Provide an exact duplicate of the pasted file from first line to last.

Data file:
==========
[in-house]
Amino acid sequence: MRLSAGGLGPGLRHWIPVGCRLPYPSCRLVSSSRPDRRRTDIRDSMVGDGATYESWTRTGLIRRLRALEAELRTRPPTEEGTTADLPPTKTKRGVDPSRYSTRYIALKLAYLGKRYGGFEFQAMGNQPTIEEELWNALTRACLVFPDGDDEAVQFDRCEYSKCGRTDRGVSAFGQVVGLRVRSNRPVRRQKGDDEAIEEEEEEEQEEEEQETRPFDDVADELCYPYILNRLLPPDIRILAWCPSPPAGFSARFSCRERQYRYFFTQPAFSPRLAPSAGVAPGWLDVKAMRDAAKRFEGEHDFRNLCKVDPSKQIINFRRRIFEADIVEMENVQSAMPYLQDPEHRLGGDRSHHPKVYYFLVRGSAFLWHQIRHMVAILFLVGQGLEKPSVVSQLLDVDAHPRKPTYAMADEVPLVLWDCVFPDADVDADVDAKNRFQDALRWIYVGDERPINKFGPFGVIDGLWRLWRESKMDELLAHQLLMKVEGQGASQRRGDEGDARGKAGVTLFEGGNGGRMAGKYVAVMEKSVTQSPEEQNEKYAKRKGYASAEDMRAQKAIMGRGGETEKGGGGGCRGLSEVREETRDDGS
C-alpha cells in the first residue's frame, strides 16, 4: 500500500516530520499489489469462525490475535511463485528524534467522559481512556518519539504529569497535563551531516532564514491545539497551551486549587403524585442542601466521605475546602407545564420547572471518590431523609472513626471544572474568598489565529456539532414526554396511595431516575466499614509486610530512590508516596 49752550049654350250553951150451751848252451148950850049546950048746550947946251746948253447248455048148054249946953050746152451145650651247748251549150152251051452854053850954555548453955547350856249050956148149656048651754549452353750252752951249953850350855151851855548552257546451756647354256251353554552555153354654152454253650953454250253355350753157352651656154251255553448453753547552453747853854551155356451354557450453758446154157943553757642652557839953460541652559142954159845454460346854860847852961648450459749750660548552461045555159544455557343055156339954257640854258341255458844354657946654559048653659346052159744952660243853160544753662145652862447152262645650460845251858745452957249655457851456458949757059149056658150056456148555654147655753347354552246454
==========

[in-house]
Amino acid sequence: MRLSAGGLGPGLRHWIPVGCRLPYPSCRLVSSSRPDRRRTDIRDSMVGDGATYESWTRTGLIRRLRALEAELRTRPPTEEGTTADLPPTKTKRGVDPSRYSTRYIALKLAYLGKRYGGFEFQAMGNQPTIEEELWNALTRACLVFPDGDDEAVQFDRCEYSKCGRTDRGVSAFGQVVGLRVRSNRPVRRQKGDDEAIEEEEEEEQEEEEQETRPFDDVADELCYPYILNRLLPPDIRILAWCPSPPAGFSARFSCRERQYRYFFTQPAFSPRLAPSAGVAPGWLDVKAMRDAAKRFEGEHDFRNLCKVDPSKQIINFRRRIFEADIVEMENVQSAMPYLQDPEHRLGGDRSHHPKVYYFLVRGSAFLWHQIRHMVAILFLVGQGLEKPSVVSQLLDVDAHPRKPTYAMADEVPLVLWDCVFPDADVDADVDAKNRFQDALRWIYVGDERPINKFGPFGVIDGLWRLWRESKMDELLAHQLLMKVEGQGASQRRGDEGDARGKAGVTLFEGGNGGRMAGKYVAVMEKSVTQSPEEQNEKYAKRKGYASAEDMRAQKAIMGRGGETEKGGGGGCRGLSEVREETRDDGS
C-alpha cells in the first residue's frame, strides 16, 4: 500500500516530520499489489469462525490475535511463485528524534467522559481512556518519539504529569497535563551531516532564514491545539497551551486549587403524585442542601466521605475546602407545564420547572471518590431523609472513626471544572474568598489565529456539532414526554396511595431516575466499614509486610530512590508516596 49752550049654350250553951150451751848252451148950850049546950048746550947946251746948253447248455048148054249946953050746152451145650651247748251549150152251051452854053850954555548453955547350856249050956148149656048651754549452353750252752951249953850350855151851855548552257546451756647354256251353554552555153354654152454253650953454250253355350753157352651656154251255553448453753547552453747853854551155356451354557450453758446154157943553757642652557839953460541652559142954159845454460346854860847852961648450459749750660548552461045555159544455557343055156339954257640854258341255458844354657946654559048653659346052159744952660243853160544753662145652862447152262645650460845251858745452957249655457851456458949757059149056658150056456148555654147655753347354552246454